Sonja Felici

  • D. Montelatici, Villa Borghese fuori di Porta Pinciana con l’ornamenti che si osservano nel di lei Palazzo, Roma 1700, p. 220.
  • L. Lamberti, E.Q. Visconti, Sculture del palazzo della Villa Borghese detta Pinciana, Roma 1796, II, p. 18, nn. 25-26.
  • A. Nibby, Monumenti scelti della Villa Borghese, Roma 1832, p. 114.
  • A. Nibby, Roma nell’anno MDCCCXXXVIII. Parte seconda moderna, Roma 1841, IV, p. 922.
  • Beschreibung der Stadt Rom, a cura di E.Z. Platner, III, 3, Stuttgart-Tübingen1842, p. 252.
  • A. Venturi, Il Museo e la Galleria Borghese, Roma 1893, p. 216.
  • M. Fransolet, François du Quesnoy: sculpteur d’Urbain VIII; 1597 - 1643, Bruxelles 1942, p. 90 ss.
  • A. Riccoboni, Roma nell’arte. La scultura nell’evo moderno dal Quattrocento ad oggi, Roma 1942, p. 174.
  • A. De Rinaldis, Catalogo della Galleria Borghese in Roma, Roma 1948, p. 85.
  • P. Della Pergola, La galleria Borghese in Roma, Roma 1951, p. 18.
  • I. Faldi, Galleria Borghese. Le sculture dal sec. XVI al XIX, Roma 1954, pp.53-54, n. 51.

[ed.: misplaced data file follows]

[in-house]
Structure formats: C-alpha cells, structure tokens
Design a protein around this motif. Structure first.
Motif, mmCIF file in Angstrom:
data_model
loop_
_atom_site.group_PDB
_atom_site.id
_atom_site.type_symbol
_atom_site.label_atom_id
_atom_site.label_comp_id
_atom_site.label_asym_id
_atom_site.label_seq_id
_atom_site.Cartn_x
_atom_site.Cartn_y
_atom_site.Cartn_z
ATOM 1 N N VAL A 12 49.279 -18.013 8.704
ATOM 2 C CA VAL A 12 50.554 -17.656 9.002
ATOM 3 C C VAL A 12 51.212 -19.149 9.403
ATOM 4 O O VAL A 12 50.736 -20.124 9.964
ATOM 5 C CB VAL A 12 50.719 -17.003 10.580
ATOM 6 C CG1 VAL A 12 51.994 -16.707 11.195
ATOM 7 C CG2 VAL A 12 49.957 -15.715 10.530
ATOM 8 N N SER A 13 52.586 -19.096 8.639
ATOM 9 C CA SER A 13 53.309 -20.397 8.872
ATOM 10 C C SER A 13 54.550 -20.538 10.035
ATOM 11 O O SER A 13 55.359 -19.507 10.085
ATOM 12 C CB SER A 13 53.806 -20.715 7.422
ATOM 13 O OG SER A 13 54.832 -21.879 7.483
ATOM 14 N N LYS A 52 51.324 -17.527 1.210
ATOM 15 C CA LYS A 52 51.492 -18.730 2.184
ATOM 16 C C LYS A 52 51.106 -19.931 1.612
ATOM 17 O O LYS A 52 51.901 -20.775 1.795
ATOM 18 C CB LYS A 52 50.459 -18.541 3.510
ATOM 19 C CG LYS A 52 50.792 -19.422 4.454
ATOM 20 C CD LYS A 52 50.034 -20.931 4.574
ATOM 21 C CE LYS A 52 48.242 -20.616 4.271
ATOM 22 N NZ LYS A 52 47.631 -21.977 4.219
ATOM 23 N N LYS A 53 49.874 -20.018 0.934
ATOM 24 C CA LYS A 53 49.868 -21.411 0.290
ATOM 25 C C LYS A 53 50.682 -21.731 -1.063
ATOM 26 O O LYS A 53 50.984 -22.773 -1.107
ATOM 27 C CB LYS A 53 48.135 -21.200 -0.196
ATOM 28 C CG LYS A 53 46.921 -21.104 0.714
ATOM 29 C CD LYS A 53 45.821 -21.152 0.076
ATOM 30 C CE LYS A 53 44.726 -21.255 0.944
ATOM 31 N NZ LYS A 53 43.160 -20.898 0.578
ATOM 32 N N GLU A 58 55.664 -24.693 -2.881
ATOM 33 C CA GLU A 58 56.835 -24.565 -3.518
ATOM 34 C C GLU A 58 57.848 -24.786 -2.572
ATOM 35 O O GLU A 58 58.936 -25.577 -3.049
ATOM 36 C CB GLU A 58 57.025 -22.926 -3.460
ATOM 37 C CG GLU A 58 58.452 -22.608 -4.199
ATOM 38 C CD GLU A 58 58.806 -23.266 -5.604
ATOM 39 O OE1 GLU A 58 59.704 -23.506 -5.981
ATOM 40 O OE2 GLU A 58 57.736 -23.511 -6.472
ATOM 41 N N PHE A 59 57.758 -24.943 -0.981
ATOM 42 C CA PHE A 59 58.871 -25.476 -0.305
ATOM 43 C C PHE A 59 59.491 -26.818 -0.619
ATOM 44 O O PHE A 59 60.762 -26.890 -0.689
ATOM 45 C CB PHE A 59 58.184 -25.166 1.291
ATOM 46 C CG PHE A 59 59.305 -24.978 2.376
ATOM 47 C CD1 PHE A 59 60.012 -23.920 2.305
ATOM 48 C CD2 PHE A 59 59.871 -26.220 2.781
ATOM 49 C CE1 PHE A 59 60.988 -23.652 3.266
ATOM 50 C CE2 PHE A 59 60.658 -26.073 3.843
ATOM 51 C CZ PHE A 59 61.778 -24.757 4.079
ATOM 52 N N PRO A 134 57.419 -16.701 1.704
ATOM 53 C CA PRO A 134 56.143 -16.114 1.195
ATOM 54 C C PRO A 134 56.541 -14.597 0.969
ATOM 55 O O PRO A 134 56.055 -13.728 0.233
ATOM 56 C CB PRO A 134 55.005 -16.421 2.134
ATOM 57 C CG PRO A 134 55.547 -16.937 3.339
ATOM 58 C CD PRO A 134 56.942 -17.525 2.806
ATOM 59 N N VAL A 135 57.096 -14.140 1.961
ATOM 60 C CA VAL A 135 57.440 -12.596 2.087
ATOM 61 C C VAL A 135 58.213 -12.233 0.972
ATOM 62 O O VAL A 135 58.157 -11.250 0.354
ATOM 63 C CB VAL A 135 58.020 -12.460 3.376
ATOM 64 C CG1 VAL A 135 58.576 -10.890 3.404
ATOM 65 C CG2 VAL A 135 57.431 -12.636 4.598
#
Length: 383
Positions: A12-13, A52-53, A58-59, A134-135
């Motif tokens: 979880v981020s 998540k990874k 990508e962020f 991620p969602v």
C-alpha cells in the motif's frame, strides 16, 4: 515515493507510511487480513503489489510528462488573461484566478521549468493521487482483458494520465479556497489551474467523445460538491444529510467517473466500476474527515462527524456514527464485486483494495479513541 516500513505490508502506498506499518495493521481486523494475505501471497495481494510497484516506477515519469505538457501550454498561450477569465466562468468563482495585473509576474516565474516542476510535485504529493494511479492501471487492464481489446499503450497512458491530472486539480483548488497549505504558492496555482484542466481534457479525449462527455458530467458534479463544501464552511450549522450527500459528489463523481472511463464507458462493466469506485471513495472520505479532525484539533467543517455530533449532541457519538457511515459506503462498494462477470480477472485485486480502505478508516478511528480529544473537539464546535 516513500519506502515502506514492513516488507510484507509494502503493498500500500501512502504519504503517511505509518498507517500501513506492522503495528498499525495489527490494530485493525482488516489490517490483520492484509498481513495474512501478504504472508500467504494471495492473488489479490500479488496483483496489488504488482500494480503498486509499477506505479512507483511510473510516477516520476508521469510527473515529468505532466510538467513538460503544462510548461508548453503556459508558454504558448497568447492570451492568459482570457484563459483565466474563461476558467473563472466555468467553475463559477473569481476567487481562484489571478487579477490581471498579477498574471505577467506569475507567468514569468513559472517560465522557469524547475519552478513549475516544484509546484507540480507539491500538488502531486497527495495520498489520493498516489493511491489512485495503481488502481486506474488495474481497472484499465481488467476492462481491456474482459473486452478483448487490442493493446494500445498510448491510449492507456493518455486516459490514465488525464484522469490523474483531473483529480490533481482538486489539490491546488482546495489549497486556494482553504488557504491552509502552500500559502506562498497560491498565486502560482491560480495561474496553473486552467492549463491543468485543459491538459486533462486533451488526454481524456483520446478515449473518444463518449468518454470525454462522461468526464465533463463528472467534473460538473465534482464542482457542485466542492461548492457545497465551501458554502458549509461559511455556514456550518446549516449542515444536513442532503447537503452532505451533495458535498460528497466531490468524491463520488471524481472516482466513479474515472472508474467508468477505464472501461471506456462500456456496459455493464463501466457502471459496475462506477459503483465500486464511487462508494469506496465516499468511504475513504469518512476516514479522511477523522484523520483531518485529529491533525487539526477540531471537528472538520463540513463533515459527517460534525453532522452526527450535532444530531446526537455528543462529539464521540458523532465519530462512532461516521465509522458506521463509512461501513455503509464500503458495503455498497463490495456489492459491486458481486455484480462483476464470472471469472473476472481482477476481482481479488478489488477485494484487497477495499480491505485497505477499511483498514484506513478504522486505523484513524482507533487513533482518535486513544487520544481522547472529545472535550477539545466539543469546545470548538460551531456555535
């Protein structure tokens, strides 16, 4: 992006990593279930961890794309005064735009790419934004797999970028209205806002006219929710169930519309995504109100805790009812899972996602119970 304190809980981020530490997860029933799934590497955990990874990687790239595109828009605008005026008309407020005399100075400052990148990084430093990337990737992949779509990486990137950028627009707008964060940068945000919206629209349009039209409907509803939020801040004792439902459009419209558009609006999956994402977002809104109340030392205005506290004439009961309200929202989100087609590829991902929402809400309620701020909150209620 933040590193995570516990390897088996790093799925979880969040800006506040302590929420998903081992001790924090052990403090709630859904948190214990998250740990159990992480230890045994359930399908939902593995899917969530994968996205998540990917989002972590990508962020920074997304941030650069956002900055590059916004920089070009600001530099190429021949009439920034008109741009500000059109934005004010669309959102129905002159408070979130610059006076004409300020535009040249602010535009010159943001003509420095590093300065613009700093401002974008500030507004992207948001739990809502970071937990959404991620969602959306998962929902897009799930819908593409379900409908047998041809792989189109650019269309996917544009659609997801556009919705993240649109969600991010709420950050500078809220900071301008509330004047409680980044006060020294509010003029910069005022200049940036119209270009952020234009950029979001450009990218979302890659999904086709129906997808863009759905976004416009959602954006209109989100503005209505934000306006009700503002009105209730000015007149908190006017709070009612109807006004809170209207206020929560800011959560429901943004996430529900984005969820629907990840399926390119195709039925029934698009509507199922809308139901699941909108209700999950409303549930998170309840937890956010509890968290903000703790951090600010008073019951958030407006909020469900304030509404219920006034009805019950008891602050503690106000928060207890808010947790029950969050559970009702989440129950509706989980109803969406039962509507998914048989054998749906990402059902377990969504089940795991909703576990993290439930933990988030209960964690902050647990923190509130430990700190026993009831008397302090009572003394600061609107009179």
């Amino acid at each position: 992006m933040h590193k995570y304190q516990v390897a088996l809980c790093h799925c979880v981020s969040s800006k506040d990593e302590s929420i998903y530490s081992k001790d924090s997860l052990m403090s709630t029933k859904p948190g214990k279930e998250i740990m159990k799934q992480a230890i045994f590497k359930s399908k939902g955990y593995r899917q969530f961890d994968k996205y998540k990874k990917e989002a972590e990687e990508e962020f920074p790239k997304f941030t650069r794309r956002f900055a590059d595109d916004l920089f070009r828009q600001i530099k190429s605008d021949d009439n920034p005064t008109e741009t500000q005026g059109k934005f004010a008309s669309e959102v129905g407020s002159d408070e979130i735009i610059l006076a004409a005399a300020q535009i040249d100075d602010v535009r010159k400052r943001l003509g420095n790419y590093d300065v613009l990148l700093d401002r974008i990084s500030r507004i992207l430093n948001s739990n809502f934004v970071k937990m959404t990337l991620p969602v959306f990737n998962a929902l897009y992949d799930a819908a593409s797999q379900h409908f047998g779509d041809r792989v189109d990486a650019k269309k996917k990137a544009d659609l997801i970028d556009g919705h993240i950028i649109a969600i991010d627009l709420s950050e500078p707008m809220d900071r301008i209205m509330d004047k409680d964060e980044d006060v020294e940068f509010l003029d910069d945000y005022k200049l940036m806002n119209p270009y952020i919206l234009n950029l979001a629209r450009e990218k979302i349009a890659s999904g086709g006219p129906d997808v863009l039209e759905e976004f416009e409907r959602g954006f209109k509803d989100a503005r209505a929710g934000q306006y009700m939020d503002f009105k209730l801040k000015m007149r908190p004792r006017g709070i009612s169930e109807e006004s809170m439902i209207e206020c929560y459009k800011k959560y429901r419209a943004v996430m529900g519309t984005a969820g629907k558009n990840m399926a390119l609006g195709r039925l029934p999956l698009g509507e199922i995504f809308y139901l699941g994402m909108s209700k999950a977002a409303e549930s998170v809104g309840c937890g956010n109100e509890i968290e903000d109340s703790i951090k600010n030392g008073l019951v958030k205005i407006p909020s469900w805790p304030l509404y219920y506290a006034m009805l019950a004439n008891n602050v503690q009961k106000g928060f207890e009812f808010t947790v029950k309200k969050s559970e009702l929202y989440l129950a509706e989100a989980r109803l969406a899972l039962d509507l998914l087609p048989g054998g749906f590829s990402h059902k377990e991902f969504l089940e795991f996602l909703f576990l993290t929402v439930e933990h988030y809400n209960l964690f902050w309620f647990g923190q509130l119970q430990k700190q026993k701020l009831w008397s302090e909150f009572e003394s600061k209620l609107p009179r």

• A.González-Palacios, La storia della Stanza di Apollo e Dafne, in Apollo e Dafne del Bernini nella Galleria Borghese, a cura di K. Herrmann Fiore, Cinisello Balsamo 1997, pp. 32, 34, figg. 35-36.
  • A. Sironi, Nero del Belgio, in Marmi antichi, a cura di G. Borghini, Roma 1997, p. 256.
  • A. González-Palacios, Arredi e ornamenti alla corte di Roma 1560-1795, Milano 2004,p. 301 n. 48, figg. 35, 36.
  • La Stanza del Gladiatore ricostituita. Il capolavoro della committenza Borghese del ’700, catalogo della mostra (Roma, Galleria Borghese, 2003-2004), a cura di A.Coliva, M.Minozzi, Milano 2004.
  • M. Boudon-Machuel, François du Quesnoy: 1597-1643, Paris 2005, pp. 347-348, figg.34a, 34b.
  • La collection Borghèse au Musée Napoléon, I, Les Archives, a cura di M.-L.Fabréga-Dubert, Paris 2009, p. 270.
  • E. Sandrelli, scheda in I Borghese e l’antico, catalogo della mostra (Roma, Galleria Borghese, 2011-2012), a cura di A. Coliva, M.-L. Fabréga-Dubert,J.-L. Martinez, M. Minozzi, Milano2011, pp. 284-285, cat. 24.
  • M. Minozzi, scheda in Lapislazzuli. Magia del blu, catalogo della mostra (Firenze, Museo degli argenti- Museo di Storia Naturale,2015), a cura di M. Sframeli, V. Conticelli, R. Gennaioli, G.C. Parodi, Livorno2015, p. 351.
  • Schede di catalogo 12/01008632-12/01008633; Russo L., 1983; aggiornamento Felici S., 2020.